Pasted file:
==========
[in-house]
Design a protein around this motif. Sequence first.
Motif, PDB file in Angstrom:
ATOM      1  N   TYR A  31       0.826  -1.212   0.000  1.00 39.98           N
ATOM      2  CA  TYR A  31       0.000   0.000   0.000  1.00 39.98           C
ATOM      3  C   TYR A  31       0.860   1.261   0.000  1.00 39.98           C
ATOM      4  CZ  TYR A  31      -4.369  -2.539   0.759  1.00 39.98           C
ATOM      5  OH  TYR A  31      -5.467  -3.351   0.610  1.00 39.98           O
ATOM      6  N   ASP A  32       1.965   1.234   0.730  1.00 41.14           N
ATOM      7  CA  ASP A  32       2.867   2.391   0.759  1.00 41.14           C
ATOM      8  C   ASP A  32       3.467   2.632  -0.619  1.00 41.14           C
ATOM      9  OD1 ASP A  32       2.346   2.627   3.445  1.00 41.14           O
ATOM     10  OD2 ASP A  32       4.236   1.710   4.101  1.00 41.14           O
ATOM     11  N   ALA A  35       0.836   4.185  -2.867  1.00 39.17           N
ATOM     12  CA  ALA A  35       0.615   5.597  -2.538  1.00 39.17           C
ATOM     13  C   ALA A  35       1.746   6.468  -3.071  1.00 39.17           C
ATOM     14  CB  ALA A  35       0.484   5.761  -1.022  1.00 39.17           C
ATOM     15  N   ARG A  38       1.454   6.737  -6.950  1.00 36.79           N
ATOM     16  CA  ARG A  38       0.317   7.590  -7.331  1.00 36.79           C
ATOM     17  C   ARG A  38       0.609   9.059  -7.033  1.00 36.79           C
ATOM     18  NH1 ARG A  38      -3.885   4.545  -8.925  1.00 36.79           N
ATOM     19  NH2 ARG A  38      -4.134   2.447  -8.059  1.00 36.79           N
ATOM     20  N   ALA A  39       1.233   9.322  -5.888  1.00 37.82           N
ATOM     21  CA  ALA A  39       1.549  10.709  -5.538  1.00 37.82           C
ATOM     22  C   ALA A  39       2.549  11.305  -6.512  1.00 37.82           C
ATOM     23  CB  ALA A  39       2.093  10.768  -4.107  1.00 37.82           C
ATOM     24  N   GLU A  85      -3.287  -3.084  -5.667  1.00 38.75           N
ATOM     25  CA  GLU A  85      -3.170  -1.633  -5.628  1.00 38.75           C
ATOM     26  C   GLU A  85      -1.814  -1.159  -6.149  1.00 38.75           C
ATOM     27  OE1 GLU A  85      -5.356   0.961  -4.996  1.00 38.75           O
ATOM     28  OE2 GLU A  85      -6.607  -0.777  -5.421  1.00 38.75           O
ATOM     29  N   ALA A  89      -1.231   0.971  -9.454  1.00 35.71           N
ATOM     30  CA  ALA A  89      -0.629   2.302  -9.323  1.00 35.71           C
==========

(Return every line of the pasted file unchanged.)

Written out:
[in-house]
Design a protein around this motif. Sequence first.
Motif, PDB file in Angstrom:
ATOM      1  N   TYR A  31       0.826  -1.212   0.000  1.00 39.98           N
ATOM      2  CA  TYR A  31       0.000   0.000   0.000  1.00 39.98           C
ATOM      3  C   TYR A  31       0.860   1.261   0.000  1.00 39.98           C
ATOM      4  CZ  TYR A  31      -4.369  -2.539   0.759  1.00 39.98           C
ATOM      5  OH  TYR A  31      -5.467  -3.351   0.610  1.00 39.98           O
ATOM      6  N   ASP A  32       1.965   1.234   0.730  1.00 41.14           N
ATOM      7  CA  ASP A  32       2.867   2.391   0.759  1.00 41.14           C
ATOM      8  C   ASP A  32       3.467   2.632  -0.619  1.00 41.14           C
ATOM      9  OD1 ASP A  32       2.346   2.627   3.445  1.00 41.14           O
ATOM     10  OD2 ASP A  32       4.236   1.710   4.101  1.00 41.14           O
ATOM     11  N   ALA A  35       0.836   4.185  -2.867  1.00 39.17           N
ATOM     12  CA  ALA A  35       0.615   5.597  -2.538  1.00 39.17           C
ATOM     13  C   ALA A  35       1.746   6.468  -3.071  1.00 39.17           C
ATOM     14  CB  ALA A  35       0.484   5.761  -1.022  1.00 39.17           C
ATOM     15  N   ARG A  38       1.454   6.737  -6.950  1.00 36.79           N
ATOM     16  CA  ARG A  38       0.317   7.590  -7.331  1.00 36.79           C
ATOM     17  C   ARG A  38       0.609   9.059  -7.033  1.00 36.79           C
ATOM     18  NH1 ARG A  38      -3.885   4.545  -8.925  1.00 36.79           N
ATOM     19  NH2 ARG A  38      -4.134   2.447  -8.059  1.00 36.79           N
ATOM     20  N   ALA A  39       1.233   9.322  -5.888  1.00 37.82           N
ATOM     21  CA  ALA A  39       1.549  10.709  -5.538  1.00 37.82           C
ATOM     22  C   ALA A  39       2.549  11.305  -6.512  1.00 37.82           C
ATOM     23  CB  ALA A  39       2.093  10.768  -4.107  1.00 37.82           C
ATOM     24  N   GLU A  85      -3.287  -3.084  -5.667  1.00 38.75           N
ATOM     25  CA  GLU A  85      -3.170  -1.633  -5.628  1.00 38.75           C
ATOM     26  C   GLU A  85      -1.814  -1.159  -6.149  1.00 38.75           C
ATOM     27  OE1 GLU A  85      -5.356   0.961  -4.996  1.00 38.75           O
ATOM     28  OE2 GLU A  85      -6.607  -0.777  -5.421  1.00 38.75           O
ATOM     29  N   ALA A  89      -1.231   0.971  -9.454  1.00 35.71           N
ATOM     30  CA  ALA A  89      -0.629   2.302  -9.323  1.00 35.71           C